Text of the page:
How Do You Scout?

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Opposites may attract in romantic comedies, but in real life relationships can face major challenges when people disagree about finances, religion, values, and priorities.

The same is true in Scouting. Troops that look alike on the parade ground at summer camp may be different–sometimes very different–beneath the surface. Consider a few examples: Troop A offers a very full schedule of robust activities, while Troop B holds a relative handful of laid-back activities each year. Troop C has families that can afford to pay for expensive trips, while Troop D is sensitive to families’ financial challenges. Troop E is closely aligned with the church that sponsors it, while Troop F is proud of its multicultural makeup. Troop G is almost entirely Scout-led, while Troop H relies more on adults to guide its young members.

None of these troops is necessarily doing things wrong–unless what they’re doing doesn’t align with the priorities their families have. Such misalignment can led to struggles within the troop or exits from the troop by families that often don’t realize the troop down the street might be a better fit.

What can you do about troop/family misalignment? A good first step is to use the Spirit of Adventure Council’s nifty “How Do You Scout” survey.

Completing the survey is simple. First, for eight aspects of the Scouting experience, each family rates the current state of the unit and their own preference. Second, they mark whether misalignment in each area would be a big deal to them. Finally, they calculate a score that shows how aligned or misaligned they are with the unit.

The council recommends that all families in a unit complete the survey once a year and that someone collate the results. After that, it may be time for some hard conversations about whether the unit needs to change (if many families are misaligned) or whether the unit needs to help misaligned families find a new home in Scouting.

Breaking us is hard to do, of course. But it can be just as hard to stay together when you have nothing in common.


NOW AVAILABLE: The fourth edition of The Eagle Court of Honor Book is now available from EagleBook.com and on Amazon! Updated to reflect the inclusion of girls in Scouts BSA, the book features gender-neutral ceremonies, a new Scouting segment called “Scouting for Girls,” and downloadable boys’ and girls’ versions of all ceremony materials. Print versions will be available soon from Amazon and ScoutStuff.org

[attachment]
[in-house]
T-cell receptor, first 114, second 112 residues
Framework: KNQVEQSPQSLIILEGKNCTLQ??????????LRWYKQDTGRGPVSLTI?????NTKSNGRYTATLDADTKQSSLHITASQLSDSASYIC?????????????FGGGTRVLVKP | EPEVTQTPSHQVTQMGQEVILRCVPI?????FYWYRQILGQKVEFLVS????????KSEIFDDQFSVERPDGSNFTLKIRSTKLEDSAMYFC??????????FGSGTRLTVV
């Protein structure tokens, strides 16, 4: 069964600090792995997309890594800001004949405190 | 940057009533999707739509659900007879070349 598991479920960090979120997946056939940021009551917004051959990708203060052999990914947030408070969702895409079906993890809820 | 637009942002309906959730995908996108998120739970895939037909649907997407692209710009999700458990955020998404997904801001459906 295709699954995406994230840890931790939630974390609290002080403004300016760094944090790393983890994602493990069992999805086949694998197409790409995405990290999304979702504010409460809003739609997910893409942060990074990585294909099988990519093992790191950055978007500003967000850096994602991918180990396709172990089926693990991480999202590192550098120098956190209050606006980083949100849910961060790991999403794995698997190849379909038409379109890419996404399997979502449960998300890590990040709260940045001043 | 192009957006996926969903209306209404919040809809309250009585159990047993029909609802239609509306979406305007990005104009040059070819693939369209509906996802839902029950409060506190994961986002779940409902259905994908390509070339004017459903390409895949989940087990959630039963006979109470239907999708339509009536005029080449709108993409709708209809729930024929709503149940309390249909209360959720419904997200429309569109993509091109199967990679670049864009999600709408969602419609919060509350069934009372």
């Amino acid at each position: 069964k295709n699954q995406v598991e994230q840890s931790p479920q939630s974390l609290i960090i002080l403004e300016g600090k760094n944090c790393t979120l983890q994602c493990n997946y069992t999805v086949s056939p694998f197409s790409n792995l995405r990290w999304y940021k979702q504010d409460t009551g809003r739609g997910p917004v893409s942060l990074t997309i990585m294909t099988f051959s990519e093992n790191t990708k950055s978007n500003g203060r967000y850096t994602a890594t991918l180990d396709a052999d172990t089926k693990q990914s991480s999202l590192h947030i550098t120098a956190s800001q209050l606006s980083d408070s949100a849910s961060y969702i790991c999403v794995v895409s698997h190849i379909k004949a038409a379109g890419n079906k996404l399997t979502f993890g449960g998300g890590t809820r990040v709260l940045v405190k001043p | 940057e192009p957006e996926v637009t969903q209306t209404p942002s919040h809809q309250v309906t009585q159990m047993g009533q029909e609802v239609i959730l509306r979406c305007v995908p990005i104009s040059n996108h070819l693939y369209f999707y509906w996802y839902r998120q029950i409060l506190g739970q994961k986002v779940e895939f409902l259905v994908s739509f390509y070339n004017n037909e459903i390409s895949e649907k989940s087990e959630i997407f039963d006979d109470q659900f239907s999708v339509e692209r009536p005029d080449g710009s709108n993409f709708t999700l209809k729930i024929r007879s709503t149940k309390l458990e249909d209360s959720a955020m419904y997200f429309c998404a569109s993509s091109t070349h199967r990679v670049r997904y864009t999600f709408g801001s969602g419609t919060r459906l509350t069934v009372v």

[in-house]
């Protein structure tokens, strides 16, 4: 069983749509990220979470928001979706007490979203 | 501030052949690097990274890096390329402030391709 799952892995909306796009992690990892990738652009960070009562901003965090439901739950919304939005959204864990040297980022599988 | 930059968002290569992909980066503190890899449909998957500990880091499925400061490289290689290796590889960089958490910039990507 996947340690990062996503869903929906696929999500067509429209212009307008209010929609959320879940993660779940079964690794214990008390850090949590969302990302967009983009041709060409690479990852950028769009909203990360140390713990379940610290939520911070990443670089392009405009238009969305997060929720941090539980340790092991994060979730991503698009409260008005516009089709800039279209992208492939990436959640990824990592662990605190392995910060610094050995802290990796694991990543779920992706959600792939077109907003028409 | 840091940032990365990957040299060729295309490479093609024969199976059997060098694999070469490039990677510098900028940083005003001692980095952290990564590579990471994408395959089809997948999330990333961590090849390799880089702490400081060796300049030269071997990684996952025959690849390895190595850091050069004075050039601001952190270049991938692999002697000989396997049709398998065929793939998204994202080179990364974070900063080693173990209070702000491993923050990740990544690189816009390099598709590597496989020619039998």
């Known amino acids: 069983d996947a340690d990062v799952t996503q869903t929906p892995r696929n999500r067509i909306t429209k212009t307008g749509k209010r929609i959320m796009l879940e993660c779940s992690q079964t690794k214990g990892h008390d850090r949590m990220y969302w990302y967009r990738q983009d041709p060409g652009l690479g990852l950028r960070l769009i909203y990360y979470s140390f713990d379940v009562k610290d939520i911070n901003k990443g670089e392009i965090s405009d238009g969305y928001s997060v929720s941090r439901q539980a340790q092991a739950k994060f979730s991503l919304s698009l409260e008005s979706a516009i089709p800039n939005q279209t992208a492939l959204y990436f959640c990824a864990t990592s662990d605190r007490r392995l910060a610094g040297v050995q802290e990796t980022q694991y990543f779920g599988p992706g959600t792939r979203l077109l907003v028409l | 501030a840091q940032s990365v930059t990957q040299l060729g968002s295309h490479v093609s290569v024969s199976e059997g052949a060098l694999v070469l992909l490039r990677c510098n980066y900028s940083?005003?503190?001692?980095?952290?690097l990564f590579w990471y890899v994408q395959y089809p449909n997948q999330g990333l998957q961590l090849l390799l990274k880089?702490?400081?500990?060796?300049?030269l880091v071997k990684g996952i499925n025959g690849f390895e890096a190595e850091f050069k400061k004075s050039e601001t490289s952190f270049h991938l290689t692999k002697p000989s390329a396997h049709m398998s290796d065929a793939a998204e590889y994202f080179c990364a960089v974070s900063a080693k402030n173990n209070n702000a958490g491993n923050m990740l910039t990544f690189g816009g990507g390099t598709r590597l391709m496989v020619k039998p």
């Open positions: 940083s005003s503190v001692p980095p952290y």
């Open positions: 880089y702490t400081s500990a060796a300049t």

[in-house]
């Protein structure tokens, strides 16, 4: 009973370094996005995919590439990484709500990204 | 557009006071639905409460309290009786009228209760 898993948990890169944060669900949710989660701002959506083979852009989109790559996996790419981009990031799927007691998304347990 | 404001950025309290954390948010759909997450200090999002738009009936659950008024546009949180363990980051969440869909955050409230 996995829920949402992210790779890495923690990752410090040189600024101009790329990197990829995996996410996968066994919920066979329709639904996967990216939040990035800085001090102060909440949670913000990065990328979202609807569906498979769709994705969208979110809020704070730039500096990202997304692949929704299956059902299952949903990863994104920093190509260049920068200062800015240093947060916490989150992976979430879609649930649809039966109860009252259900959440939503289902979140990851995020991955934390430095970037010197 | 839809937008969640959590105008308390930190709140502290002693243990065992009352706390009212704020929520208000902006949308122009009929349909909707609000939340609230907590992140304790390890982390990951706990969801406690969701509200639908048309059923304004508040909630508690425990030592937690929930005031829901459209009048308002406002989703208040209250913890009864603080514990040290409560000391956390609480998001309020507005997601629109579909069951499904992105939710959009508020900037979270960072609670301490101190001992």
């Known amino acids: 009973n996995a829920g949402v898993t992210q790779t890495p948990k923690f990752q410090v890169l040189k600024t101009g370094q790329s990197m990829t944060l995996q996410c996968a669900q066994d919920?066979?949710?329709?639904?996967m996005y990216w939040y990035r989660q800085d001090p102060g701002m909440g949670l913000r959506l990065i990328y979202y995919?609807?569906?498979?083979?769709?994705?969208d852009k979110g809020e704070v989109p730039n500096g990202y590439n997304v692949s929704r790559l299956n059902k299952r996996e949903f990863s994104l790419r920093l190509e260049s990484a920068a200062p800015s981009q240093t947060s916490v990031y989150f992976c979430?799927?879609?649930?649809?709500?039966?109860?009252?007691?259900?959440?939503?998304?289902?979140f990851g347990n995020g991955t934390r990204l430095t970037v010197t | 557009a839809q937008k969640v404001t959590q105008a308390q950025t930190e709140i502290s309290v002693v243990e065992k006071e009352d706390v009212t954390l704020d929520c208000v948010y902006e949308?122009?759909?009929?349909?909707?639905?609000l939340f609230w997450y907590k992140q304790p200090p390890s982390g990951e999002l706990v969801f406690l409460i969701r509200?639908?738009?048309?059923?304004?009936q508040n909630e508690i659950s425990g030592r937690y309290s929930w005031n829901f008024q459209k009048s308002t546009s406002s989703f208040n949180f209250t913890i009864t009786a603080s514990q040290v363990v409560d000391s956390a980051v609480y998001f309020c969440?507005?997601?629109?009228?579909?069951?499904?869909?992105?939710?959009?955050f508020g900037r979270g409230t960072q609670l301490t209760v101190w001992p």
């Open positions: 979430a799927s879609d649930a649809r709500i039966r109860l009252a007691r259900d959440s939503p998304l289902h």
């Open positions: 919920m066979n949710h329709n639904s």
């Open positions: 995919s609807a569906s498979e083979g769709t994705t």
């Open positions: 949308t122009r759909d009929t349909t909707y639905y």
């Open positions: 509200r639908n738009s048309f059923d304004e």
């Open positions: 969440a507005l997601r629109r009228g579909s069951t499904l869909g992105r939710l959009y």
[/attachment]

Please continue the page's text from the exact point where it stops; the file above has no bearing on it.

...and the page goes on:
Rules, Rumors and Responsibilities

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It was one of those seemingly innocuous posts on social media that gets more attention than it deserves. I’ll have to paraphrase since it has been deleted, but it basically said, “Did you know Scouts can’t cook hot dogs over an open fire?”

Some of the people who commented tried to make sense of this comment (example: “Scouts can only reheat hot dogs because they come precooked”). Some took the opportunity to criticize the BSA for its “ridiculous” safety rules and the lawyers who allegedly wrote them (including the long-discredited belief that the BSA bans sheath knives). A dispiriting handful proudly announced that rules are made to be broken.

Fortunately, several people actually searched the Guide to Safe Scouting and pointed out that the only reference to hot dogs in the guide appears in the list of prohibited activities (page 42 in the current print version): “Water chugging and eating or drinking competitions such as “chubby bunny” or hot dog eating contests.” (If you aren’t sure what “chubby bunny” is or why it’s dangerous, read this article.)

In other words, there’s no rule about Scouts cooking hot dogs over an open fire. That’s probably why the post eventually disappeared. (Fun fact: The cover of the Guide to Safe Scouting actually shows a picture of Scouts roasting marshmallows and eating s’mores.)

Whatever you think about the BSA’s safety rules, as a Scouter you’re obliged to follow them. They’re mentioned in the Scouter Code of Conduct, which everyone who signs an adult application pledges to abide by.